Posted July 29, 2010
Futuristic thinking about possible medical advances brings an interesting dilemma: Is living longer really better?
This intriguing question was recently posed in a major American newsweekly. " If we could live forever, would we really want to? " (Jonathan Weiner, Newsweek , "The Trouble With Immortality," July 5, 2010, emphasis added throughout). Clearly some intellectuals feel that immortal life would eventually become boring. One late author observed: "After all, there is such a thing as life-saturation: the point when everything is pure effort and total repetition."
Solely from a human viewpoint, perhaps there is a grain of validity to this thinking. King Solomon wrote: "Remember now your Creator in the days of your youth, before the difficult days come, and the years draw near when you say, 'I have no pleasure in them'" (Ecclesiastes 12:1). Septuagenarians and octogenarians may have to use their God-given imaginations to make human life perpetually interesting. The most important thing is a daily relationship with our Creator. Remember the prayer of Moses: "Satisfy us early with Your mercy, that we may rejoice and be glad all our days! " (Psalm 90:14).
Been there, done that
The Newsweek essay addresses the potential for an extra-long human lifespan: " Thousand-year lives would be the ultimate in conservation . We might even grow up faster as a species if we lived long enough to pay the price for our species's sins in our own skins." But the Bible tells us that this 1,000-year life span has already been tried. Men and women in the world before the Flood of Noah's time often lived for 900 years and more. See the genealogy in Genesis chapter 5.
The price for their many sins was duly paid with suffering and death. The ultimate result was that all but eight persons perished in a global flood. The extra years only hardened the old world's addiction to evil—becoming worse and worse as the decades rolled by (Genesis 6:5, 12). After the Flood, God mercifully but gradually shortened the human life span to the normal 70 or 80 years spoken of in Psalm 90:10. Only in very recent decades have more and more people begun to live to 100 years of age and more.
The Newsweek article expressed our longed-for wishes. "We want a good long life. We also want a good life." The Bible promises human beings an abundant, continually interesting life, but ultimately in a totally different dimension— not in the human flesh. God promises us a new spirit body (Philippians 3:20-21; 1 Corinthians 15:51-54). His Word plainly tells us that "flesh and blood cannot inherit the kingdom of God" (verse 50).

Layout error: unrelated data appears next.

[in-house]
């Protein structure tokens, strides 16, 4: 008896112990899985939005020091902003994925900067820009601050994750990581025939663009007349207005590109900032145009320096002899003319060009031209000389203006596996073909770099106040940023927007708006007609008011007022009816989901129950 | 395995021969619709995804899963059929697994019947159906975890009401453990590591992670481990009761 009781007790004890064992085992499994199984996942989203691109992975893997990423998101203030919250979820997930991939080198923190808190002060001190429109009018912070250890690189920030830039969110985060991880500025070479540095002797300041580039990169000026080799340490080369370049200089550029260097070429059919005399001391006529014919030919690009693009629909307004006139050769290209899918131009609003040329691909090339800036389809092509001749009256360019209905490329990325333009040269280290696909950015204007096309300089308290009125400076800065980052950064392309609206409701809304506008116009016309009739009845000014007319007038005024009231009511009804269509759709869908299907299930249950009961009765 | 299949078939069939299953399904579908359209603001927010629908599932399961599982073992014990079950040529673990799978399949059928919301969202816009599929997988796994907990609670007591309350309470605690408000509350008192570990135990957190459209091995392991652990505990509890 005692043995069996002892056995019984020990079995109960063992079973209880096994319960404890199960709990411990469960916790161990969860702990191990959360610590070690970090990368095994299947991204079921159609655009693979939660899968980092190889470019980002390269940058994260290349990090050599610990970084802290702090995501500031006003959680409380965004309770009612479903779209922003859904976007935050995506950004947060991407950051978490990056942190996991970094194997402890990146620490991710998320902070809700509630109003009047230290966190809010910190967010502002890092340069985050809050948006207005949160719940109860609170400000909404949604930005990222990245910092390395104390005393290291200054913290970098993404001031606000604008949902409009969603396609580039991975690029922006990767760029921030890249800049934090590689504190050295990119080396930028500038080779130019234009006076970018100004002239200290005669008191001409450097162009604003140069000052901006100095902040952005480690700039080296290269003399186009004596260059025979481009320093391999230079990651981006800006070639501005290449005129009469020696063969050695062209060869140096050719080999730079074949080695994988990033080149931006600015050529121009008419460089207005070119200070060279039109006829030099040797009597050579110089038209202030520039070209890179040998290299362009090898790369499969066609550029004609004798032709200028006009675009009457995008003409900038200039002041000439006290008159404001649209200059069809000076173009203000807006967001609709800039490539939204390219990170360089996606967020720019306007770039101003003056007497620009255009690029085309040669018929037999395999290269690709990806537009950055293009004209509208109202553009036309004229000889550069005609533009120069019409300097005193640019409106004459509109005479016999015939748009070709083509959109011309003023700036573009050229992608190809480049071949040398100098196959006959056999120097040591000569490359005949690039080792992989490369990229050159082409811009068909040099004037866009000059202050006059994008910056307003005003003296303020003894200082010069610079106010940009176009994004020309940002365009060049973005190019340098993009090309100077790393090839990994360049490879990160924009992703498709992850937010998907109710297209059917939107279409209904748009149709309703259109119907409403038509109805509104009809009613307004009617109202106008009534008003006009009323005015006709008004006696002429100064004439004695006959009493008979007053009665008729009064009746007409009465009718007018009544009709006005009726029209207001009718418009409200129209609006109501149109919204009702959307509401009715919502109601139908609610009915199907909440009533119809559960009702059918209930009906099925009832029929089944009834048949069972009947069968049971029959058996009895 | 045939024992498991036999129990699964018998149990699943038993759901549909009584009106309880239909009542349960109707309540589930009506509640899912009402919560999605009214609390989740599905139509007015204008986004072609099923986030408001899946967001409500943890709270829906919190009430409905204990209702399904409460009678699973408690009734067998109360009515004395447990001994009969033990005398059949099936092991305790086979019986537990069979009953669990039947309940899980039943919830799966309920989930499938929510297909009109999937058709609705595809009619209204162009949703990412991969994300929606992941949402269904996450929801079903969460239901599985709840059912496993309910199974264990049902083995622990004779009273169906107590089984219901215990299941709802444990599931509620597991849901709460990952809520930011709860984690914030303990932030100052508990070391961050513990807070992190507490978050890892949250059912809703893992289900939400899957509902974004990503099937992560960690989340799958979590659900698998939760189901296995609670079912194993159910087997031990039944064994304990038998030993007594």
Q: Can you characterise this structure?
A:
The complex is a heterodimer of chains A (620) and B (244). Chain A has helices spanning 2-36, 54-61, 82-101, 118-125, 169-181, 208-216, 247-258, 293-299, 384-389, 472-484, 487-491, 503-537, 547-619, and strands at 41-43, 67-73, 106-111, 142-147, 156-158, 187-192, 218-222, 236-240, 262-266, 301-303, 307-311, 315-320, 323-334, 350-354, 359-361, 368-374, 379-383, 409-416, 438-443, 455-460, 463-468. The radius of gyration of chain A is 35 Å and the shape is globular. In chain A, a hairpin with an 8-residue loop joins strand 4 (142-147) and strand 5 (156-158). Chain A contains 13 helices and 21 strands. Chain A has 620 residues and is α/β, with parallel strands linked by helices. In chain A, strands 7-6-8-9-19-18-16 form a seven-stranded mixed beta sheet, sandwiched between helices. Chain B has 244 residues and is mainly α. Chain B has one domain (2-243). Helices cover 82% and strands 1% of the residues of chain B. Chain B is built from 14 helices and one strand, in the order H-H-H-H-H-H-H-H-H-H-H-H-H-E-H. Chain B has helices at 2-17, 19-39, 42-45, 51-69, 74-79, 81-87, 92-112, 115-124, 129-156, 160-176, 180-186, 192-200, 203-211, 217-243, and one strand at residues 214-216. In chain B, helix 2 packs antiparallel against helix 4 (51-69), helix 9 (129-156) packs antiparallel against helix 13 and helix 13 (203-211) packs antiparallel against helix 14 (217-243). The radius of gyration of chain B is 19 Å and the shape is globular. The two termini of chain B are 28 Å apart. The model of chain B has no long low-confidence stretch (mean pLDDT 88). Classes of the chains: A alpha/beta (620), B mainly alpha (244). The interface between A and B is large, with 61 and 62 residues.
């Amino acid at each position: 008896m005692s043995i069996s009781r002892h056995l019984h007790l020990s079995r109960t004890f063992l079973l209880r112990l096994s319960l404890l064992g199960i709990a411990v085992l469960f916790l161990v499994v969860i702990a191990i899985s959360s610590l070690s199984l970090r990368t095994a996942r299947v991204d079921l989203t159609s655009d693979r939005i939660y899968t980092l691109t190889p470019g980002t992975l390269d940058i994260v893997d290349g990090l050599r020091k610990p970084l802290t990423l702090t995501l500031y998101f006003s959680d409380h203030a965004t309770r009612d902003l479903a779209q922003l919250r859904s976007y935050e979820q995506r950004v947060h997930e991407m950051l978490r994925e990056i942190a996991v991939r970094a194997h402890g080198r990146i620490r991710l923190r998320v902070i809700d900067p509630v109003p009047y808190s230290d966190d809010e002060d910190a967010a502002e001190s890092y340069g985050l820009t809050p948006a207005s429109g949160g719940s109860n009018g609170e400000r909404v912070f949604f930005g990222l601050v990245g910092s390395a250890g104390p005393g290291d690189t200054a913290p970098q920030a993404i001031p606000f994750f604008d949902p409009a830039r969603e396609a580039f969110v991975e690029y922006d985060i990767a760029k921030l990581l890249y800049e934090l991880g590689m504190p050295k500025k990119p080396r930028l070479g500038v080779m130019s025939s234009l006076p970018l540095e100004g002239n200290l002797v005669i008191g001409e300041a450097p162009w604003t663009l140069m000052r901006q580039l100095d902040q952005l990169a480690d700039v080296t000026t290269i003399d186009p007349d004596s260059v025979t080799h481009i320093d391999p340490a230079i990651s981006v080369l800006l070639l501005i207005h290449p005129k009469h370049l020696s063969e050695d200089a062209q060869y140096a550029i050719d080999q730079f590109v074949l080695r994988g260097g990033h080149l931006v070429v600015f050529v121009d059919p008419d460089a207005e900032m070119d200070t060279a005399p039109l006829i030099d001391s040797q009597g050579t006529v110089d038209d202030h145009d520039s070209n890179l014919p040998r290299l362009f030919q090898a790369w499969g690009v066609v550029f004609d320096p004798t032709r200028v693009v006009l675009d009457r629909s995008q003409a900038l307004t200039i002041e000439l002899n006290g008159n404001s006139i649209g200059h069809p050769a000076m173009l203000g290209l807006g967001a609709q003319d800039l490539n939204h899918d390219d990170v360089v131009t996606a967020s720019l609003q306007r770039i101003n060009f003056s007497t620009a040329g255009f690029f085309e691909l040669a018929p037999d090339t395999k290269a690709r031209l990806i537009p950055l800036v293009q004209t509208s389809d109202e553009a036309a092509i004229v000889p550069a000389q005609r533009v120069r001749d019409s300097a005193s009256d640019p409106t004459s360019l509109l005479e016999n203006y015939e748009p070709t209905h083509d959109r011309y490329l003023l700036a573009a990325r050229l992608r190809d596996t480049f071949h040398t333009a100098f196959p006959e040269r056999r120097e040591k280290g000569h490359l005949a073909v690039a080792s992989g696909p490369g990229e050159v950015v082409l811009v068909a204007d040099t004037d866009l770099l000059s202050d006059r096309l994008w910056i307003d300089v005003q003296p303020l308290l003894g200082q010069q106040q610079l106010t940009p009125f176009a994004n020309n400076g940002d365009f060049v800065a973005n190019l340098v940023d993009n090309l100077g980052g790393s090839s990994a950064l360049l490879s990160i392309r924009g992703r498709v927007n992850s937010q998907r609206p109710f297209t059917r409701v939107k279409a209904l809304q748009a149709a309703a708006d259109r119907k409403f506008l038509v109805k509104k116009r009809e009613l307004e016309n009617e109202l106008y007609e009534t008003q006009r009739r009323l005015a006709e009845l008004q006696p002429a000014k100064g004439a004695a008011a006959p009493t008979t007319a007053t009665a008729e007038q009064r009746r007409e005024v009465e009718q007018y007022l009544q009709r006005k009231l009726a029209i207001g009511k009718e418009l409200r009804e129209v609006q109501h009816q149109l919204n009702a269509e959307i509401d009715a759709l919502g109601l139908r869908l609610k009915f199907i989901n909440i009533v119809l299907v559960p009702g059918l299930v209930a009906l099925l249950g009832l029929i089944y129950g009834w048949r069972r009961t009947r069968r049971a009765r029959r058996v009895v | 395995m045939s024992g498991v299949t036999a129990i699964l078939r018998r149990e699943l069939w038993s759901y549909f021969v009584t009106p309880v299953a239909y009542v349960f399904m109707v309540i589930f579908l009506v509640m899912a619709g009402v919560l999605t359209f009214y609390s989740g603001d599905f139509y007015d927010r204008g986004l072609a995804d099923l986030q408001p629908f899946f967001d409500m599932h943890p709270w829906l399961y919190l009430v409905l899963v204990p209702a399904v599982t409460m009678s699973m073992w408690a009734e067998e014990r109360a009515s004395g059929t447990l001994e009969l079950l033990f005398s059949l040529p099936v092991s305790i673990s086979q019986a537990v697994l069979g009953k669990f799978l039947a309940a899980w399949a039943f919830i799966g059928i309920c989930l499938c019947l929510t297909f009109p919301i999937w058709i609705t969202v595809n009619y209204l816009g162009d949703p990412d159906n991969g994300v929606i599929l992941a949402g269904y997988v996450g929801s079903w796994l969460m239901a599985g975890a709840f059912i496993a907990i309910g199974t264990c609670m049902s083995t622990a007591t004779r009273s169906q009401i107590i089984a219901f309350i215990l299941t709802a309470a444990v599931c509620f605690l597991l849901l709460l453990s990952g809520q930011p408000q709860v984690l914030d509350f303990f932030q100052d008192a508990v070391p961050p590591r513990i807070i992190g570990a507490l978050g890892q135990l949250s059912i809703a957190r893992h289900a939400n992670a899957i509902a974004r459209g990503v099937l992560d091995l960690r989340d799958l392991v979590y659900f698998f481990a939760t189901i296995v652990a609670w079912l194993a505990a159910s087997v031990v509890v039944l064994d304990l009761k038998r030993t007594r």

Both men and women were created in God's image so we could enjoy everlasting life with Him in His divine family (Genesis 1:26-27; 1 John 3:1-2). But first we have to both learn and live by His spiritual values while in the human flesh.
Joy, not boredom
One thing is certain. God has never been bored! Disobedience to His law remains the unrealized source of human boredom. Keeping God's commandments (defined as righteousness, see Psalm 119:172) produces the opposite effect.
The apostle Paul summed up God's overall assessment of King David's life in Acts 13:22: "I have found David the son of Jesse, a man after My own heart, who will do all My will ." What is the ultimate result of this way of life? David looked forward to eternal fellowship with God. He wrote: "In Your presence is fullness of joy; at Your right hand are pleasures forevermore" (Psalm 16:11).
The fulfillment of this passage will happen at the time of the resurrection. "As for me, I will see Your face in righteousness; I shall be satisfied when I awake in Your likeness" (Psalm 17:15). Death is a sleep from which we awake when God resurrects us.
Some 3,000 years ago a Middle Eastern patriarch asked this fundamental question: "If a man dies, shall he live again?" (Job 14:14). Is immortality really possible for human beings? Is everlastingly abundant, perpetually interesting immortal life written into our destiny? God says it is! To more fully understand both how and why from the Bible, request in print or download our free booklets What Is Your Destiny? and What Happens After Death?